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WALPE Engages Parliament Over Sexual Harassment and Unpaid Care and Domestic Work

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By WALPE

 

 

The Women’s Academy For Leadership and Political Excellence (WALPE) with support from Oxfam convened two breakfast meetings with parliamentarians and presented a model Sexual Harassment Bill to the portfolio committees on Women Affairs, Gender and Community Development and the committee on Public Service, Labour and Social Welfare in Harare, on 18 October 2021.

The committee members shared lived experiences of sexual harassment that occurs in their families, communities, political parties and various spheres of influence. WALPE emphasized the need for a stand-alone sexual harassment bill which recognises abuses that occur in the private, public, formal and informal spaces.

 

The model sexual harassment bill was submitted to Parliament through the committees and the MPs committed among other things to do the following:

 

 Move motions in Parliament pushing for a gender responsive sexual harassment bill.
 Increase knowledge on sexual harassment in various public and private spheres such as the family, community, schools and political parties etc.
 Capacitate traditional and religious leaders on the effects of sexual harassment and reporting structures.

 

On the second day; WALPE converged with the committees Local Government, Rural and Urban Development and, Women Affairs, Gender, Community and Enterprise Development to present and discuss its model policy on Unpaid Care and Domestic Work (UCDW).

 

The organisation also presented its gendered social services budget proposal that prioritises health, education, water and sanitation, women empowerment, and energy which will feed into the ongoing national budget consultations accounting for 42% of the total expenditure projected for 2022 by the treasury. This budget proposal was submitted to Parliament and Ministry of Finance and Economic Development for consideration.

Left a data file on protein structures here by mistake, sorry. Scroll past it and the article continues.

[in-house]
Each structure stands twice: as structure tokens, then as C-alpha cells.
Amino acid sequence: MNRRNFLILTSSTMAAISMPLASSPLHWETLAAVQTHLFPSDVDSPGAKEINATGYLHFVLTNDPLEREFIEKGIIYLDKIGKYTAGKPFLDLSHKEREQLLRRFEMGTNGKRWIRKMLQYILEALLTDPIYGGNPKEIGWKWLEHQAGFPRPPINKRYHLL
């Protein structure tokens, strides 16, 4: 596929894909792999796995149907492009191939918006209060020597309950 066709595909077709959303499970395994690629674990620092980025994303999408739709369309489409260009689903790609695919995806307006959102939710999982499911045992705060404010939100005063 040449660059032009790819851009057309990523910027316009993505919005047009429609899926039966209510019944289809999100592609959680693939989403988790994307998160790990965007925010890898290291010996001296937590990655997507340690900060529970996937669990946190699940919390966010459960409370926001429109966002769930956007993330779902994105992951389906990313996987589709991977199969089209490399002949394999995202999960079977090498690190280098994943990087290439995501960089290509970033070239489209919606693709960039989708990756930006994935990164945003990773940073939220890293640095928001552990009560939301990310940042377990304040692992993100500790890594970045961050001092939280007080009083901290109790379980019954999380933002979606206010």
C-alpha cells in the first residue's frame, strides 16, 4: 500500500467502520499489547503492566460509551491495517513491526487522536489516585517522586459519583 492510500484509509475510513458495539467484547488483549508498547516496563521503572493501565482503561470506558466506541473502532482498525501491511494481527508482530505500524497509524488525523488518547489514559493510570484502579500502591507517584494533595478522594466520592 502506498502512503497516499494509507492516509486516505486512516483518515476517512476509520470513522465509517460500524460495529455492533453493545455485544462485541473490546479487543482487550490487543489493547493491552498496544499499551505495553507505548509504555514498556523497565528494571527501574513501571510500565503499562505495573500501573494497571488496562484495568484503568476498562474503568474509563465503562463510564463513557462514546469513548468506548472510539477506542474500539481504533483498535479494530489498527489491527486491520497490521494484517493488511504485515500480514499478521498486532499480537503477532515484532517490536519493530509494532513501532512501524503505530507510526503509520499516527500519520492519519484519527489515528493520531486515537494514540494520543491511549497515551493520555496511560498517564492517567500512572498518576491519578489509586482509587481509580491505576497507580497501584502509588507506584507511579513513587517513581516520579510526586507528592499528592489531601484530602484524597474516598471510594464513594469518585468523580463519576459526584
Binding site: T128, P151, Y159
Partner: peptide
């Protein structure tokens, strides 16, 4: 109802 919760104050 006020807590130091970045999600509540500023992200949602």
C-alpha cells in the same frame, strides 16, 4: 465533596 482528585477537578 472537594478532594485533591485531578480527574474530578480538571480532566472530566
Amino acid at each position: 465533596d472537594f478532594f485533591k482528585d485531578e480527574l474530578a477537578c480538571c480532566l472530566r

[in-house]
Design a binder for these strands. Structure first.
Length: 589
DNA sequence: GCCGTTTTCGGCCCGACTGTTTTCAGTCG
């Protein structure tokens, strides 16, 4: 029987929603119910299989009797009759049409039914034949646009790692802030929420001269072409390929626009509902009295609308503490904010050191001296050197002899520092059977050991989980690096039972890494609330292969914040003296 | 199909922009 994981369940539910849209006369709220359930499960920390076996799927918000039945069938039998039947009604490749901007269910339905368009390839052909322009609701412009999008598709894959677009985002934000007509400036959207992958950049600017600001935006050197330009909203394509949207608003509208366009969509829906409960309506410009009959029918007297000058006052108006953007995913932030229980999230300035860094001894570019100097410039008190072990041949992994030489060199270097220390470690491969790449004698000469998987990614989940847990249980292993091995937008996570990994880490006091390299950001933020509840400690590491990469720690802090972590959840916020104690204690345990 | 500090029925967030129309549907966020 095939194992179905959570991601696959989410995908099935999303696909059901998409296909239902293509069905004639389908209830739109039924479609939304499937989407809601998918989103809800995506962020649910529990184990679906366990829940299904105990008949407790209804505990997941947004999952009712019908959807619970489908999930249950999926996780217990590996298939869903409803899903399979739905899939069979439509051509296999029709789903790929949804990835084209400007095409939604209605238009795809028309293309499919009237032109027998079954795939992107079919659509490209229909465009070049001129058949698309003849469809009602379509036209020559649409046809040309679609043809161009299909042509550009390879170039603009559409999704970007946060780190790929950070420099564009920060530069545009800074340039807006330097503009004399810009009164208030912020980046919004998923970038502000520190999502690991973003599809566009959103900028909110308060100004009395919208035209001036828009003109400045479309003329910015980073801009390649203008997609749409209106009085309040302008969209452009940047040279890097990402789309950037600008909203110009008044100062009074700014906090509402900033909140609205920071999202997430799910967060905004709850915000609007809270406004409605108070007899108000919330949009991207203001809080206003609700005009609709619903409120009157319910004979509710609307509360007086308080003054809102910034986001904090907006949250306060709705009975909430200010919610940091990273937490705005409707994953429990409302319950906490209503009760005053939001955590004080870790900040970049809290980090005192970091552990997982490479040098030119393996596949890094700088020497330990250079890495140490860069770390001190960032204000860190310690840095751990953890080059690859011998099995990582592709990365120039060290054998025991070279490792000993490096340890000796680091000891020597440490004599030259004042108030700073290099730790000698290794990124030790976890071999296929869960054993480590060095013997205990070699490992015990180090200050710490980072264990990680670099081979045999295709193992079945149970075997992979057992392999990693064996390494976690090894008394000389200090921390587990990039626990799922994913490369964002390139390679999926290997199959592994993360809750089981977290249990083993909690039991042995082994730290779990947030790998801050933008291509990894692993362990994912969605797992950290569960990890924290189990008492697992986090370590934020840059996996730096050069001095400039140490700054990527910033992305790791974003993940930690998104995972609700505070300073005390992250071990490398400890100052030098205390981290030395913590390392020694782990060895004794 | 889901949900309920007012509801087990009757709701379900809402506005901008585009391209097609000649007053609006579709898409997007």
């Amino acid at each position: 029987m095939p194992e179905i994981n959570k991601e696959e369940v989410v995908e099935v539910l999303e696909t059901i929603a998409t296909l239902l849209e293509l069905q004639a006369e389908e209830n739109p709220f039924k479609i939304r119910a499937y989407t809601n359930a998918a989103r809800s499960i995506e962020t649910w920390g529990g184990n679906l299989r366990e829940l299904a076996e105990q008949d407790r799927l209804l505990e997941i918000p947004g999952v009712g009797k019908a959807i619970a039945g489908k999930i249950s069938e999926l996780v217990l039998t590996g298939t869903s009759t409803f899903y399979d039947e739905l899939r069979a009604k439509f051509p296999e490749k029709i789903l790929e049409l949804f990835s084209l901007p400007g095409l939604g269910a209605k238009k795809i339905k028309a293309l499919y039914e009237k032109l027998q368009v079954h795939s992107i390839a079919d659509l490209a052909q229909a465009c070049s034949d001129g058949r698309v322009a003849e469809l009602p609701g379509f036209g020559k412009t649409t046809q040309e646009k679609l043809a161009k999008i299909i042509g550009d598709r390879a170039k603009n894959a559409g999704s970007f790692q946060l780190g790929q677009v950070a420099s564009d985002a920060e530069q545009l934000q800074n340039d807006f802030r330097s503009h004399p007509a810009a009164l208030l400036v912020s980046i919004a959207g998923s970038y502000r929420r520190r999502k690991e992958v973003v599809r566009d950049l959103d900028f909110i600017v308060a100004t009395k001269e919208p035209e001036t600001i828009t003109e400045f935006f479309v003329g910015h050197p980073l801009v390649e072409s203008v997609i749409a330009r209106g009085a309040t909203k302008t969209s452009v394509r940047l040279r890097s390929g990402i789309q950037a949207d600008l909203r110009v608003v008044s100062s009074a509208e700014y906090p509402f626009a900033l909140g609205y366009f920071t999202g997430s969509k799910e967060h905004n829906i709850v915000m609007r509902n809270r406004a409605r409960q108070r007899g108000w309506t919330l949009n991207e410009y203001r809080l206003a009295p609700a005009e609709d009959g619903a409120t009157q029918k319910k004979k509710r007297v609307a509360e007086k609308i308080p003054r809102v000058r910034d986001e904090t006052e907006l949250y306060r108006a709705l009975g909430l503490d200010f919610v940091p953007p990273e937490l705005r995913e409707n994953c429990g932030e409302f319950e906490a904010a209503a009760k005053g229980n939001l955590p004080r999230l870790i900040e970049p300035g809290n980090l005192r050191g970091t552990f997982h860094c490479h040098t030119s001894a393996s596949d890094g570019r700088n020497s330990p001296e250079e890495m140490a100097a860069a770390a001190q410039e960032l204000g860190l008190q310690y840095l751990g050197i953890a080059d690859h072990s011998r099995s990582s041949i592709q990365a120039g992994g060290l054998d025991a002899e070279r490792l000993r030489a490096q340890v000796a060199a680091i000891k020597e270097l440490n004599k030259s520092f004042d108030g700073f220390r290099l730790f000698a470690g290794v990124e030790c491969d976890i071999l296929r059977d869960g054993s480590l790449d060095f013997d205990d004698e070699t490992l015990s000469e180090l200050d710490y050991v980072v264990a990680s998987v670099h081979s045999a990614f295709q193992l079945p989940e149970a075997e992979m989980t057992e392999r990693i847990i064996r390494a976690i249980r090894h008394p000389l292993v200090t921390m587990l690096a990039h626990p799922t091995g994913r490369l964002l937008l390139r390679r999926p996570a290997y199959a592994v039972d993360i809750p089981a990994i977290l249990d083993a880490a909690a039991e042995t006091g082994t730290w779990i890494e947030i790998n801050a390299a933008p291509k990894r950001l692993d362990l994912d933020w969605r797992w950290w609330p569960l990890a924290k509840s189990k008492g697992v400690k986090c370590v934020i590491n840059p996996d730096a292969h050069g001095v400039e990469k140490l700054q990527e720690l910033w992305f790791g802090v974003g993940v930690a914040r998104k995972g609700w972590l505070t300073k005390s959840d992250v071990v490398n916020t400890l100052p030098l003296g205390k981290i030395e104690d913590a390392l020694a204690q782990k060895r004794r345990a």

It was agreed during the meeting that addressing critical social services would reduce the disproportionate burden of UCDW on women and girls and some of the key action plans were:

 

 

 

 

 Parliamentarians would attend the national budget seminar and also move motions in Parliament for a gender responsive national budget that prioritises social services and reducing burden of UCDW on women.
 Raising awareness in communities about the ongoing national budget consultative processes and encourage people to actively participate in outreach meetings by parliament.
 Tracking the budget once allocations are made to ensure that they benefit women and girls.
 Advocating for innovative solutions to reducing unpaid care and domestic work like use of solar energy and mechanisation of the agriculture sector.

 

Robert Tapfumaneyi